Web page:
I have previously blogged about a golfer, Mr Phee who sued a Golf Club and a fellow golfer for a serious eye injury. The Court of Session had previously found both the Club and the golfer liable for the injuries, with the golfer 70% liable and the Club 30%. There was no deduction for contributory negligence.
The case has been appealed to the Inner House of the Court of Session. The Opinion, delivered by Lord Hodge has now been issued. On appeal, the Inner House agreed that the golfer and the Club had both been negligent and remained liable for Mr Phee’s injury. However, the division of liability between them was changed to 80% to the club and 20% to the golfer. There remains no deduction for contributory negligence.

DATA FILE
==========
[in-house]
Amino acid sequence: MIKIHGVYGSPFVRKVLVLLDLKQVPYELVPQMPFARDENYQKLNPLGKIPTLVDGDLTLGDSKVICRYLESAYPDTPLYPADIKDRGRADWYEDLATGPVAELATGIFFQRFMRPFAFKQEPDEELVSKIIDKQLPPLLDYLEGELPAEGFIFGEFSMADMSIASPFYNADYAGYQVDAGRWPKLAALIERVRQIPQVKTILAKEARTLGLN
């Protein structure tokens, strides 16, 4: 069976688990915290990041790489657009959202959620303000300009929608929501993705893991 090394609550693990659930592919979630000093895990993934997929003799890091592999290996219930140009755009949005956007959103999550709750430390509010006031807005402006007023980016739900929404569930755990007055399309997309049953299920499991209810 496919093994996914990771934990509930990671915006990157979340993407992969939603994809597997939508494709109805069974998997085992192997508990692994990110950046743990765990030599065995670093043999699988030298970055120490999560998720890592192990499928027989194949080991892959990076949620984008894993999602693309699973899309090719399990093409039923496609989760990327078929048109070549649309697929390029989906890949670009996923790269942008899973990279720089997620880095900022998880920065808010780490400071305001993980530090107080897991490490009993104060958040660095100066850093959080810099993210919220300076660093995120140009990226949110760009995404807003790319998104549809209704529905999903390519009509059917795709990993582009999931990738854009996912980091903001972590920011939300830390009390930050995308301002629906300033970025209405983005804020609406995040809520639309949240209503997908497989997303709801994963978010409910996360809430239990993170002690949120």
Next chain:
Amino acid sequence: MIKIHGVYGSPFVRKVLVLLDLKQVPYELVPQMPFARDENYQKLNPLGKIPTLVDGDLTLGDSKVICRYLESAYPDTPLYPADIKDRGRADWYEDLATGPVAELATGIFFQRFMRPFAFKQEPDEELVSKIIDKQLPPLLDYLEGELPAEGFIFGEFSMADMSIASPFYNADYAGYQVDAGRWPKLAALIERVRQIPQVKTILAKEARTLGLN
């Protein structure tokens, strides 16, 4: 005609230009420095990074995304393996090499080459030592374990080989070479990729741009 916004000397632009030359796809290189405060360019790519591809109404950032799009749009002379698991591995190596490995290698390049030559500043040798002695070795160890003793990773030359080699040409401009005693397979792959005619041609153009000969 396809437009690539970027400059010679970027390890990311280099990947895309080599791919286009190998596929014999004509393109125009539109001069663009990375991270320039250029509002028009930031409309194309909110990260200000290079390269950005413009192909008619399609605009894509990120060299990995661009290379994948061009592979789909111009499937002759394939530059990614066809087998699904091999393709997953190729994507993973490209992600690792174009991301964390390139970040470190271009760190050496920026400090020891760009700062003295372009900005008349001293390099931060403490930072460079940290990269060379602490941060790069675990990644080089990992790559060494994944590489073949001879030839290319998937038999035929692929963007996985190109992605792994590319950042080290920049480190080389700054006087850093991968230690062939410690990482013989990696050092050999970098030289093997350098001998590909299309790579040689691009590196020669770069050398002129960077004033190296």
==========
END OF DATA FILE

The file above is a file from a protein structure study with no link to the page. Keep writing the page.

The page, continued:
The key part of the Opinion is as follows:
“Golfers of varying standards will have driven from the 18th tee while players, including inexperienced visitors, used the path. The risk of a wayward shot will vary according to the golfer’s skill. The circumstances which we have stated… suggest to us that the Club’s failure to warn was a significant failure which was of a different magnitude from that of [the golfer]. As we have said, we are of the view that the Lord Ordinary was entitled to find fault on [the golfer’s] part. But we consider that some might judge his behaviour as not amounting to negligence when the players were at a distance at which most could be expected to respond appropriately and in a timely manner to a warning shout.”
So although only 20% to blame, the golfer still remained liable. This will make worrying reading to those of us who enjoy a trip on the golf course, along with the odd wild hook into the trees. Employers should also take note for potential liabilities arising from corporate golf outings for example.
If there are any issues arising from this case which you would like to discuss, please get in touch.
On March 15, 2013